Early Voting in Nevada Signals Tight Race

A sign is posted outside an early voting site at Downtown Summerlin on October 26, 2016 in Las Vegas, Nevada.
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Early voting in Nevada suggests a tight race between Donald Trump and Hillary Clinton, according to a Breitbart News analysis of voting data.

By Tuesday, registered Republicans had cast 208,219 early or absentee votes, while registered Democrats had cast 238,816 votes and independents had cast 114,867 votes. That’s almost sixty percent of the 1 million ballots cast in 2012. 

The registration of the early voters who have cast their ballots so far is 37.1 percent Republican, 42.5 percent Democratic, and 20.4 percent independent.

But some Republicans are going to vote Clinton, and some Democrats are going to vote for Trump, and independent votes are going to be split for both candidates.

Pollsters working for Investor’s Business Daily and the The Washington Post have come up with a poll-tested measure of the splits.

The Daily‘s national poll predicts Donald Trump and Hillary Clinton each keep 87 percent of their partisan supporters in Florida, gain 4 percent or 5 percent from the other party, and lose 8 percent or 9 percent to third-party candidates. According to IBD’s estimates, Trump gets 44.2 percent of Nevada’s early votes, while Clinton grabs 45 percent of the early votes, and third party candidates are left with 10.6 percent.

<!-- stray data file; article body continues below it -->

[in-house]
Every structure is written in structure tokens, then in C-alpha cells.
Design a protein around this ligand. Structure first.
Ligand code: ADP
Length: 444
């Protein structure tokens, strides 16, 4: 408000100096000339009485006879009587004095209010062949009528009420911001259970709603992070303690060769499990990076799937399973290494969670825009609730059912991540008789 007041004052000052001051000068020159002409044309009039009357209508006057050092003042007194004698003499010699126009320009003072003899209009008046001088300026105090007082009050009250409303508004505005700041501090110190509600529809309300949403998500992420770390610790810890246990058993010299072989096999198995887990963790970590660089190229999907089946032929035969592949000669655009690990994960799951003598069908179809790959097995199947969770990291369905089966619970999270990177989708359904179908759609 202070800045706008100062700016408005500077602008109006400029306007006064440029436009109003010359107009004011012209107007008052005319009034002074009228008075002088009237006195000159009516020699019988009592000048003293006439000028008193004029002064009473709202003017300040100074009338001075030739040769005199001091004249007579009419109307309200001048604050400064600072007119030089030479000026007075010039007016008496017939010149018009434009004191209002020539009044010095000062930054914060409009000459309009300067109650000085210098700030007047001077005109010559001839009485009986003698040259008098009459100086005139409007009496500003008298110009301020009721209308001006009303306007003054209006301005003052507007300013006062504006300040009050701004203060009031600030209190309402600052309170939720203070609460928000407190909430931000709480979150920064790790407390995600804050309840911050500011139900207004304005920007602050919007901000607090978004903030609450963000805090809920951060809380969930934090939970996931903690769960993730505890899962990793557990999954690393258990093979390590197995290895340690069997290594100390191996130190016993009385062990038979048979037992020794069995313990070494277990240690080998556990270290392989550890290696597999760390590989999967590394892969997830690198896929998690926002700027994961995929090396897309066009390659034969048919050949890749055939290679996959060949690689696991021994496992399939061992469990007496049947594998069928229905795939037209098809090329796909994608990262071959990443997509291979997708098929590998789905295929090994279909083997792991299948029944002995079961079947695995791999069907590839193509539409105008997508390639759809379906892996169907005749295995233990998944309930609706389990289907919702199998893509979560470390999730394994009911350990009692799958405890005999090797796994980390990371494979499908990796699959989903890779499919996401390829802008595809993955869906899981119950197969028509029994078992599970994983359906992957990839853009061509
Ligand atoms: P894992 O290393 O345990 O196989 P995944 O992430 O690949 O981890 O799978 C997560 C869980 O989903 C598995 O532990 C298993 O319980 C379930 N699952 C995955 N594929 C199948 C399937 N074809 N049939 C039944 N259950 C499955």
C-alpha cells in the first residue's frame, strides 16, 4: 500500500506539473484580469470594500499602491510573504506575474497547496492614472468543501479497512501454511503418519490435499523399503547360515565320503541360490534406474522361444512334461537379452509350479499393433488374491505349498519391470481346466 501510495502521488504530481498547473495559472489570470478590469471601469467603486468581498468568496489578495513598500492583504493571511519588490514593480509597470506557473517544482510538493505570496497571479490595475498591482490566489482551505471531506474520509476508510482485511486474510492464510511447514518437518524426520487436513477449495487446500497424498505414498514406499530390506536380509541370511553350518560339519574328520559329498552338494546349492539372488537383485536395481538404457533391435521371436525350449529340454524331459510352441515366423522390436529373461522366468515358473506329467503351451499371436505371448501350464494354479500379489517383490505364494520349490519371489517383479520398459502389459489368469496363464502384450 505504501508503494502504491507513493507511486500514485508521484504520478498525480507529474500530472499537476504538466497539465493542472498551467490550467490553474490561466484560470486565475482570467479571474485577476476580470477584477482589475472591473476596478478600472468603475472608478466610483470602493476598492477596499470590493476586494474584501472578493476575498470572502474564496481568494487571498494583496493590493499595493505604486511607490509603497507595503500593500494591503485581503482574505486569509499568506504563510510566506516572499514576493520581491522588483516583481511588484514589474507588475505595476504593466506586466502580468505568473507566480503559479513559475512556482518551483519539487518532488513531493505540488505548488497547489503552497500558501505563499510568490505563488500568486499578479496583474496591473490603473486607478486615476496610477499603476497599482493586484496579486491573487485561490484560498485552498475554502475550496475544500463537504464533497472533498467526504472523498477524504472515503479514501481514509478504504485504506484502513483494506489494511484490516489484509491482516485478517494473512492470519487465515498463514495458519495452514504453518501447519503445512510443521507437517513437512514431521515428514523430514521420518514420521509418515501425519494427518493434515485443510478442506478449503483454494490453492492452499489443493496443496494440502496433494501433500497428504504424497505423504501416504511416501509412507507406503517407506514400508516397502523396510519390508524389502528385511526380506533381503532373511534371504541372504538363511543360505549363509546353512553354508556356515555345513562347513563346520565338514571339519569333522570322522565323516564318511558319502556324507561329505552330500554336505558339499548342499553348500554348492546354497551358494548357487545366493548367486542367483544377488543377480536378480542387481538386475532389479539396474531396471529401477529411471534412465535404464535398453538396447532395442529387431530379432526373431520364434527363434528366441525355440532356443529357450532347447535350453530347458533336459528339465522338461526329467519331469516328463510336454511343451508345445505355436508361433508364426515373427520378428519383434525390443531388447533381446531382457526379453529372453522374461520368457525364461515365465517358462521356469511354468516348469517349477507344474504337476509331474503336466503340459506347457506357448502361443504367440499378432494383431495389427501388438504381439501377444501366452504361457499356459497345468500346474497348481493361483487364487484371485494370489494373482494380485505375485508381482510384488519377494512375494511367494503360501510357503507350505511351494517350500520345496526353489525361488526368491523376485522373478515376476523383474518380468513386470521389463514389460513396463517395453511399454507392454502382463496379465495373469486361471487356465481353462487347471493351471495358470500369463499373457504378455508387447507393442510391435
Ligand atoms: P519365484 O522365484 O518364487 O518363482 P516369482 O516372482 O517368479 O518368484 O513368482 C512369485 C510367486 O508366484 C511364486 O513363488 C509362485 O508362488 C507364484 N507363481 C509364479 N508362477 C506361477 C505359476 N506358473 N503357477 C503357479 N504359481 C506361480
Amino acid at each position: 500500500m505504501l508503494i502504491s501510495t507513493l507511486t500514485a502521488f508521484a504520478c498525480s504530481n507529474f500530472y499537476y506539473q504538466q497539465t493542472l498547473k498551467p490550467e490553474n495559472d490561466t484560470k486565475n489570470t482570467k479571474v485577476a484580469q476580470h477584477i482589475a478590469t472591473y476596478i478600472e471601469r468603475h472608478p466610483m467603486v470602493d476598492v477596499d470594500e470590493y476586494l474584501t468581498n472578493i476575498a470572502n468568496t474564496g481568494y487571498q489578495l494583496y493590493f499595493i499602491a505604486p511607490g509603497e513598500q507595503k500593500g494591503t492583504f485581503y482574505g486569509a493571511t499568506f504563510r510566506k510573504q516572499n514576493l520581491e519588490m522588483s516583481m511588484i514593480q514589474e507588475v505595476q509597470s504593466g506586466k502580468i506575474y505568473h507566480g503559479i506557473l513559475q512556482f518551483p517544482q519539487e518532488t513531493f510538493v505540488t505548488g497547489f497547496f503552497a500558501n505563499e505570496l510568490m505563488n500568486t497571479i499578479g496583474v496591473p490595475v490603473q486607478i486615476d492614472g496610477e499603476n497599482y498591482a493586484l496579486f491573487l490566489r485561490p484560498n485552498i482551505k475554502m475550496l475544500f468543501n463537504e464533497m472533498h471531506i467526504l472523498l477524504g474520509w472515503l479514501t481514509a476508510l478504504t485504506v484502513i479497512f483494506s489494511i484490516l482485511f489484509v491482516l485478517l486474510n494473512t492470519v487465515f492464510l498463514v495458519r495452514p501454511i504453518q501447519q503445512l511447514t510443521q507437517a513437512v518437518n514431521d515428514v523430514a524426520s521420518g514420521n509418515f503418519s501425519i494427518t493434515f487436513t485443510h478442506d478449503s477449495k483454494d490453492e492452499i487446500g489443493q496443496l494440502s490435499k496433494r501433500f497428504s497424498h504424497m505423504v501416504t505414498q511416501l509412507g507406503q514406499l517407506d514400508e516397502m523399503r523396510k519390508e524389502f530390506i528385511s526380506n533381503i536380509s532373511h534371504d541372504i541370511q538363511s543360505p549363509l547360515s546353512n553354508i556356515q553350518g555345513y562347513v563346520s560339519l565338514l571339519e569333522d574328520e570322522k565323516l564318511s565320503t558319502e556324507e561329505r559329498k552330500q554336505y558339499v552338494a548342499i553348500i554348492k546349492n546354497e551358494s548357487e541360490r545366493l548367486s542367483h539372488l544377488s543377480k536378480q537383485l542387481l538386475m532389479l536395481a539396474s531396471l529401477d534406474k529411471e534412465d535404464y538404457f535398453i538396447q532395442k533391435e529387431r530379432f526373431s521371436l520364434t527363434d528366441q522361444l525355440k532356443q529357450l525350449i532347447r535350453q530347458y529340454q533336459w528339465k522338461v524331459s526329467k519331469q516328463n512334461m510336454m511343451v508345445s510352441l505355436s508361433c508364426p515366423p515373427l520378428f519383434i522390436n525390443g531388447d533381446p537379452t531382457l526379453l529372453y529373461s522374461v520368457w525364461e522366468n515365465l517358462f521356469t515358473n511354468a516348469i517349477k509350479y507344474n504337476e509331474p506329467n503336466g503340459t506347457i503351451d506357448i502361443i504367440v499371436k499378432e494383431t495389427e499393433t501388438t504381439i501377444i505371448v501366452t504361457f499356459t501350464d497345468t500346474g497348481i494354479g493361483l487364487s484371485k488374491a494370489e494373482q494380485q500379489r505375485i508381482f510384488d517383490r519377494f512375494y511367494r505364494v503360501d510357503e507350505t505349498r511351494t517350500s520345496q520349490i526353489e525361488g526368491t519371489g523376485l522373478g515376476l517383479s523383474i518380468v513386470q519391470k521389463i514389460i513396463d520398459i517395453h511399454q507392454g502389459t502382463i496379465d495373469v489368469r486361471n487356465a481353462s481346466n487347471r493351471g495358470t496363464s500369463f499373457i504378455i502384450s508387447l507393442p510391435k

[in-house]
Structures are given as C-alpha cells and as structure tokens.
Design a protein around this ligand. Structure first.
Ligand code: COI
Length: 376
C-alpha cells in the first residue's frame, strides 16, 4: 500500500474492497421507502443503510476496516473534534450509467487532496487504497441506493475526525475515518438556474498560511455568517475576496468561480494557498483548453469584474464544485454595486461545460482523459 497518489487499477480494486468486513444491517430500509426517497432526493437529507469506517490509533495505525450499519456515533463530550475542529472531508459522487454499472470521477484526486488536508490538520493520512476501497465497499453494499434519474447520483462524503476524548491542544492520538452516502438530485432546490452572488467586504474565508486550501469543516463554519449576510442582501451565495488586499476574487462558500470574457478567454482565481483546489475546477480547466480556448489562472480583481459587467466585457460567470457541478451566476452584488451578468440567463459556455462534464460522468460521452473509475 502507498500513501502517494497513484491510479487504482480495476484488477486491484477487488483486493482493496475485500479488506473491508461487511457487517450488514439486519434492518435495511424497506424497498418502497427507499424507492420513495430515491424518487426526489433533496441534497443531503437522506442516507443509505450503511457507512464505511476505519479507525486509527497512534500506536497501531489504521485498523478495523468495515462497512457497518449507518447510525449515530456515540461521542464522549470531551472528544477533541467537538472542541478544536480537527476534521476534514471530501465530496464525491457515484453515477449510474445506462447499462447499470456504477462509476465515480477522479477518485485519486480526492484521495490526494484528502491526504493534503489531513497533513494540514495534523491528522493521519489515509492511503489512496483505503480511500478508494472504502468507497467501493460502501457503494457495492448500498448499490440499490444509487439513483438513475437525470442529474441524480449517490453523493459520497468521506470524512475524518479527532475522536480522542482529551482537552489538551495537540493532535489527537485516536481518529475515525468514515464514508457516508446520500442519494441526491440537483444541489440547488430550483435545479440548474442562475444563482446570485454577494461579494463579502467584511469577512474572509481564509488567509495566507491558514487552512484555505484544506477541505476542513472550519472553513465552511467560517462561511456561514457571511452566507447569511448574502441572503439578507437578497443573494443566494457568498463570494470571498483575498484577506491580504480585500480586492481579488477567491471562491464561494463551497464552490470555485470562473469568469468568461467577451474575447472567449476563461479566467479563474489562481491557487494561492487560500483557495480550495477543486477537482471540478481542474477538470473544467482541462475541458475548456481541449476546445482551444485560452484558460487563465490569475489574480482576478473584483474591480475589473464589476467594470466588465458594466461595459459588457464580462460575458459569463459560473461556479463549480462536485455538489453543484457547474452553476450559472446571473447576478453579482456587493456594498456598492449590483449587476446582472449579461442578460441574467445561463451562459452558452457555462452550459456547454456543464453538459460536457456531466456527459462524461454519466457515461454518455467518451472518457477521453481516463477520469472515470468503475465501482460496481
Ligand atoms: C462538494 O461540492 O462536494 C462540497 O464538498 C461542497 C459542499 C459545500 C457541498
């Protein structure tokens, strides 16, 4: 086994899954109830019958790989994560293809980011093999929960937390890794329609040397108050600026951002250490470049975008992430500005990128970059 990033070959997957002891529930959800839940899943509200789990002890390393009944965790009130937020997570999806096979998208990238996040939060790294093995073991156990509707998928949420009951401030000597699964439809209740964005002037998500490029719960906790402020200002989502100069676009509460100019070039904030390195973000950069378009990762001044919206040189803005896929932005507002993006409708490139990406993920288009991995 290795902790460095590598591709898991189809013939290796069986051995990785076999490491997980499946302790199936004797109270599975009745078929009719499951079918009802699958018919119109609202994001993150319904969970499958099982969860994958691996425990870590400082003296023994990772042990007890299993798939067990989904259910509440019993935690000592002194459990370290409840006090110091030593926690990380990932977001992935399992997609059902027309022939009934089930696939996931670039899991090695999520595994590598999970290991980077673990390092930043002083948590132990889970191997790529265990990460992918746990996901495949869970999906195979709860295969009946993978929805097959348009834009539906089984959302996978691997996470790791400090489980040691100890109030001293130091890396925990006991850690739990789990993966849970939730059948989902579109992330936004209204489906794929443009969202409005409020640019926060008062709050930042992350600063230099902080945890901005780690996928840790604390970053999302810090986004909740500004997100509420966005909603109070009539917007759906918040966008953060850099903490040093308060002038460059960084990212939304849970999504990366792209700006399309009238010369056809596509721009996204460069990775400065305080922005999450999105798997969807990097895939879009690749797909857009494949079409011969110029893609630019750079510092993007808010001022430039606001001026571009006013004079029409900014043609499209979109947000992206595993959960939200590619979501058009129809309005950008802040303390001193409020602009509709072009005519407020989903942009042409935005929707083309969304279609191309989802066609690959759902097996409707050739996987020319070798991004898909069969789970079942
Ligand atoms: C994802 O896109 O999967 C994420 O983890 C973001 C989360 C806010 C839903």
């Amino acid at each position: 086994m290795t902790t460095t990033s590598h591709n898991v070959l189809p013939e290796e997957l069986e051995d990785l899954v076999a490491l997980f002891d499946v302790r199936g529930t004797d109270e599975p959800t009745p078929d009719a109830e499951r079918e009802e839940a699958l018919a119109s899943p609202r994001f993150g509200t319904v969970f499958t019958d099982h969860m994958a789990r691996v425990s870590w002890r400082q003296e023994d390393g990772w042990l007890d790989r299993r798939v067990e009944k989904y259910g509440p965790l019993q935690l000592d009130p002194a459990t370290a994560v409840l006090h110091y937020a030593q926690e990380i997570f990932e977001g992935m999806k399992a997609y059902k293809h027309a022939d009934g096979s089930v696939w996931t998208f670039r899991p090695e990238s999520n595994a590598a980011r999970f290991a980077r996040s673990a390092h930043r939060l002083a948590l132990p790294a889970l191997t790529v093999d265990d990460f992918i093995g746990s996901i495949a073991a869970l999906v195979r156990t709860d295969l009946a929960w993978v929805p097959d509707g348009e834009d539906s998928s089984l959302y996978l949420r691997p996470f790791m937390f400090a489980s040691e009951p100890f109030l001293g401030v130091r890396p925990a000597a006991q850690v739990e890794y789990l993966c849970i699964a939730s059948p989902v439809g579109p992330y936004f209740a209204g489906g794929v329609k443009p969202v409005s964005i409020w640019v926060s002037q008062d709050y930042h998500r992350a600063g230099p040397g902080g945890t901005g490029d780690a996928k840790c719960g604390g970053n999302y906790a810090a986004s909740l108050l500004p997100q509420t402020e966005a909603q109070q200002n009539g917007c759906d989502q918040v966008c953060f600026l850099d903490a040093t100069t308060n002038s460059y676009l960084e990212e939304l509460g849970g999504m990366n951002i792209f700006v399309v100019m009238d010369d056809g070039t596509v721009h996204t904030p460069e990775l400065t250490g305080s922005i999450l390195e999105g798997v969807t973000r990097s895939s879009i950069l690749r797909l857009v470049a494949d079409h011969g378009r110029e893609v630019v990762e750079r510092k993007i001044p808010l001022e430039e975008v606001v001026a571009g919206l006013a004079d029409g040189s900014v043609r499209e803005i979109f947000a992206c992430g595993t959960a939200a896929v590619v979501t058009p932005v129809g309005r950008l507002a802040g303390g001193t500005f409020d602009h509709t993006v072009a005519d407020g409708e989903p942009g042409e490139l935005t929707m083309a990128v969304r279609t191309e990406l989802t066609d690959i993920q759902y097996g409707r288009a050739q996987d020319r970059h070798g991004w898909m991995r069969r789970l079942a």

The Post‘s estimated splits, however, predict a Trump win, of 46.6 percent to Clinton’s 45.7 percent, leaving 7.6 to the third-party candidates.

The Post predicts Trump gets 88 percent of Republicans, plus 6 percent of Democrats, plus 51 percent of independents. Clinton gets 87 percent of Democrats, plus 8 percent of Republicans, plus 36 percent of independents.

Generally, Democrats need to rack up big wins in the main urban county in the state, Clark County, which includes the city of Las Vegas, to grab the state’s 6 electoral votes. In 2012, that county cast 692,262 votes, or roughly 68 percent of the state’s ballots.

In turn, Trump needs to maximize his expected wins in the rural counties and in the second-largest county, Washoe, which is home to the city of Reno and almost 18 percent of the state’s voters.

In 2012, the Democrats led in early voting, and the final Democratic advantage in Clark County was 97,000 votes, or roughly 16 percent of the county and city. Gov. Mitt Romney lost the state in 2012 with 47.4 percent of the vote to President Barack Obama’s 50.5 percent.

The average of surveyed polls at Real Clear Politics show Trump with a 1.4 percent lead over Clinton.